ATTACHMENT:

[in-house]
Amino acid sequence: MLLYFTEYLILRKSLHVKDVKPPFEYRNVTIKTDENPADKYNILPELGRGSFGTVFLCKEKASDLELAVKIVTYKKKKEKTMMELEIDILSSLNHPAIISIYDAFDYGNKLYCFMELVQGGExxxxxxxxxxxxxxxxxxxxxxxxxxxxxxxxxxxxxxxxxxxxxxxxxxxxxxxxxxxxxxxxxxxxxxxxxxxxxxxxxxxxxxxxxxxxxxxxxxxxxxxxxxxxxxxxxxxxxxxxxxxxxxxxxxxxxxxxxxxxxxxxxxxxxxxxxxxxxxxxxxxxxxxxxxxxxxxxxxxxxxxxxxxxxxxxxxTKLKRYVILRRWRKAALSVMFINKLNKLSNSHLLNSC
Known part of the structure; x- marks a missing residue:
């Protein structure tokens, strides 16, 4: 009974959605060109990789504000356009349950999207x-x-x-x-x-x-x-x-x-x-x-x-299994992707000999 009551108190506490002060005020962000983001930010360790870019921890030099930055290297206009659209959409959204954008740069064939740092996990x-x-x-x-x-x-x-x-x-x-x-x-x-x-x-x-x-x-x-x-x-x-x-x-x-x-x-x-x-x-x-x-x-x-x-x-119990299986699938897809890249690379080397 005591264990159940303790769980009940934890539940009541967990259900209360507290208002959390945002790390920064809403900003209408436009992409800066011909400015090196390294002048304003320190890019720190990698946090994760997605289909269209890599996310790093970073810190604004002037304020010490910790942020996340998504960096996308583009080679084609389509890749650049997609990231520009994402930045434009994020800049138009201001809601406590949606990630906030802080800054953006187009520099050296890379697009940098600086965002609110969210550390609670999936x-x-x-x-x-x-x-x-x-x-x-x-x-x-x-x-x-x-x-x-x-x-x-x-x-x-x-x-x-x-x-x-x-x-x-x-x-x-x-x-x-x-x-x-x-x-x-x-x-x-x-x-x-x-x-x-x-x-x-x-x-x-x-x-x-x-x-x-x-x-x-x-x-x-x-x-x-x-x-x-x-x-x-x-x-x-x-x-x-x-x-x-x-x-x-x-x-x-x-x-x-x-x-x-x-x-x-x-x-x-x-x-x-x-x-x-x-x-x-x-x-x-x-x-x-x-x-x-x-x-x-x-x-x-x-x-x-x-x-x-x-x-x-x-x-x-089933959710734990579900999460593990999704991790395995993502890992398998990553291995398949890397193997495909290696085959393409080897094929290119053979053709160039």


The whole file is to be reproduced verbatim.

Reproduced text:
[in-house]
Amino acid sequence: MLLYFTEYLILRKSLHVKDVKPPFEYRNVTIKTDENPADKYNILPELGRGSFGTVFLCKEKASDLELAVKIVTYKKKKEKTMMELEIDILSSLNHPAIISIYDAFDYGNKLYCFMELVQGGExxxxxxxxxxxxxxxxxxxxxxxxxxxxxxxxxxxxxxxxxxxxxxxxxxxxxxxxxxxxxxxxxxxxxxxxxxxxxxxxxxxxxxxxxxxxxxxxxxxxxxxxxxxxxxxxxxxxxxxxxxxxxxxxxxxxxxxxxxxxxxxxxxxxxxxxxxxxxxxxxxxxxxxxxxxxxxxxxxxxxxxxxxxxxxxxxxTKLKRYVILRRWRKAALSVMFINKLNKLSNSHLLNSC
Known part of the structure; x- marks a missing residue:
């Protein structure tokens, strides 16, 4: 009974959605060109990789504000356009349950999207x-x-x-x-x-x-x-x-x-x-x-x-299994992707000999 009551108190506490002060005020962000983001930010360790870019921890030099930055290297206009659209959409959204954008740069064939740092996990x-x-x-x-x-x-x-x-x-x-x-x-x-x-x-x-x-x-x-x-x-x-x-x-x-x-x-x-x-x-x-x-x-x-x-x-119990299986699938897809890249690379080397 005591264990159940303790769980009940934890539940009541967990259900209360507290208002959390945002790390920064809403900003209408436009992409800066011909400015090196390294002048304003320190890019720190990698946090994760997605289909269209890599996310790093970073810190604004002037304020010490910790942020996340998504960096996308583009080679084609389509890749650049997609990231520009994402930045434009994020800049138009201001809601406590949606990630906030802080800054953006187009520099050296890379697009940098600086965002609110969210550390609670999936x-x-x-x-x-x-x-x-x-x-x-x-x-x-x-x-x-x-x-x-x-x-x-x-x-x-x-x-x-x-x-x-x-x-x-x-x-x-x-x-x-x-x-x-x-x-x-x-x-x-x-x-x-x-x-x-x-x-x-x-x-x-x-x-x-x-x-x-x-x-x-x-x-x-x-x-x-x-x-x-x-x-x-x-x-x-x-x-x-x-x-x-x-x-x-x-x-x-x-x-x-x-x-x-x-x-x-x-x-x-x-x-x-x-x-x-x-x-x-x-x-x-x-x-x-x-x-x-x-x-x-x-x-x-x-x-x-x-x-x-x-x-x-x-x-x-089933959710734990579900999460593990999704991790395995993502890992398998990553291995398949890397193997495909290696085959393409080897094929290119053979053709160039």